Of all the films I saw last year the one that had the most lasting impact on me was Bela Tarr’s Turin Horse. I’m not saying that it was the film that I most enjoyed, but it’s definitely the one that has stuck with me the longest. The visuals are so powerful and so bleak that they still come to mind months later. Thatcher Hullerman Cook’s Black Apple strikes me as being a visual relative of that film. Granted the setting is different and the cast of characters is larger in Black Apple, but I feel like there is the same sense of struggle in an inhospitable landscape.
In a relatively brief 33 black and white plates Black Apple shows Kyrgyzstan as a place where lives are lived in a way that can only be described as hardscrabble. Landscapes are vast, empty, often ruined places where people are mostly tiny and alone. Interiors, though much closer and more crowded, lack warmth causing people to frequently huddled together. And everywhere there is coal and snow. It’s a landscaped leeched of color. In addition to striking individual images I think the sequencing and use of white space is quite strong.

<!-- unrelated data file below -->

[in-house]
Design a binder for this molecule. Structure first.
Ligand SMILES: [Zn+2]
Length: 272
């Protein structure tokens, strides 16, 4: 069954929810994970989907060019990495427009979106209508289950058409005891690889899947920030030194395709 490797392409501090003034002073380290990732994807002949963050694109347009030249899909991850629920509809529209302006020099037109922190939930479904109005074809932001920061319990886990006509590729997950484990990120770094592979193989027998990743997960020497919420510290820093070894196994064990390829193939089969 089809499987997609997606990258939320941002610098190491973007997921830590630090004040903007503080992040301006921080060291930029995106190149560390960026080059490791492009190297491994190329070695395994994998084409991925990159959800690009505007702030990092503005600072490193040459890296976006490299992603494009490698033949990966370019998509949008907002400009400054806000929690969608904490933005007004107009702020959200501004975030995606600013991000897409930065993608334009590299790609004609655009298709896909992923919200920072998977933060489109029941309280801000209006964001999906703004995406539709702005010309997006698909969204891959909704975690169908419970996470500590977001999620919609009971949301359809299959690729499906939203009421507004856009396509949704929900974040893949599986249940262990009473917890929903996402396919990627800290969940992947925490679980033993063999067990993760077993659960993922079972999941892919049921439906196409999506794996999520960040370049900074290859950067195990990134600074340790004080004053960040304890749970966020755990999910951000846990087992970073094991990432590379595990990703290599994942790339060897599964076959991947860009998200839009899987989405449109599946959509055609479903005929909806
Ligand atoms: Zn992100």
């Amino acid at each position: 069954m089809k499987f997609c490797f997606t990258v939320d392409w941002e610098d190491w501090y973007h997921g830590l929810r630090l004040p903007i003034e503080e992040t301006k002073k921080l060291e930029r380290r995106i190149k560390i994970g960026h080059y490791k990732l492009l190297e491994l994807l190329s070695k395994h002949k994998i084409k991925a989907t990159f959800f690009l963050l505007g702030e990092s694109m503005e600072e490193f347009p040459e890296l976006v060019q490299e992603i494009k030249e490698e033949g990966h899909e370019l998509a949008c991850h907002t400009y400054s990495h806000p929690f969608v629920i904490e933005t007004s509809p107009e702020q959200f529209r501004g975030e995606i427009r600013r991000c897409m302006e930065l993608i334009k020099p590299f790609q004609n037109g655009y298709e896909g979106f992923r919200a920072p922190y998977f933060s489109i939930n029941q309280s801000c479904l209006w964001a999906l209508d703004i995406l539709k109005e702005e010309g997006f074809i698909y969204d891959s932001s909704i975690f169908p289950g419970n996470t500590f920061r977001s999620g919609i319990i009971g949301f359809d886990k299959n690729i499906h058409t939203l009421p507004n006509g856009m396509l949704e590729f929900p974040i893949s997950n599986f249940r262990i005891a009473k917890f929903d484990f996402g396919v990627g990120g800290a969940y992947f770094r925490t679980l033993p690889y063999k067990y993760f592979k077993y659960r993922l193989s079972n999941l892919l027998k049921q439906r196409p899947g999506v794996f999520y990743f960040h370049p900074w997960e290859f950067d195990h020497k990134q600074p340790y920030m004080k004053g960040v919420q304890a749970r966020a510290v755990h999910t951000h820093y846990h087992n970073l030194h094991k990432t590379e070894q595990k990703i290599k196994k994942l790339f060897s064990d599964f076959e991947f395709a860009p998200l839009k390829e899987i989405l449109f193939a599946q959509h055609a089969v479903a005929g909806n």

I also like the notes at the end of the book where Cook writes a few sentences, sometimes terse, sometimes poetic, about various images. For one image he writes, “After the fresh fallen snow, the sticky mud would cling to feet and hooves. After a deep freeze the ground became slippery, making travel, even for the familiar, seem alien. The village boys were left to negotiate this battle between mud and mule.” It’s this struggle and the poetry with which Cook captures it that will keep these images stuck in my brain like a mule in the mud.
To see all the images from Black Apple click here.
I got my copy at Carte Blanche a new gallery/bookstore in San Francisco whose aim is to make experiencing and buying photography more accessible. Check them out.
Finally, if you’ve gotten this far, I’ve started tweeting this year. Follow my shorter more frequent randomness @mpsilva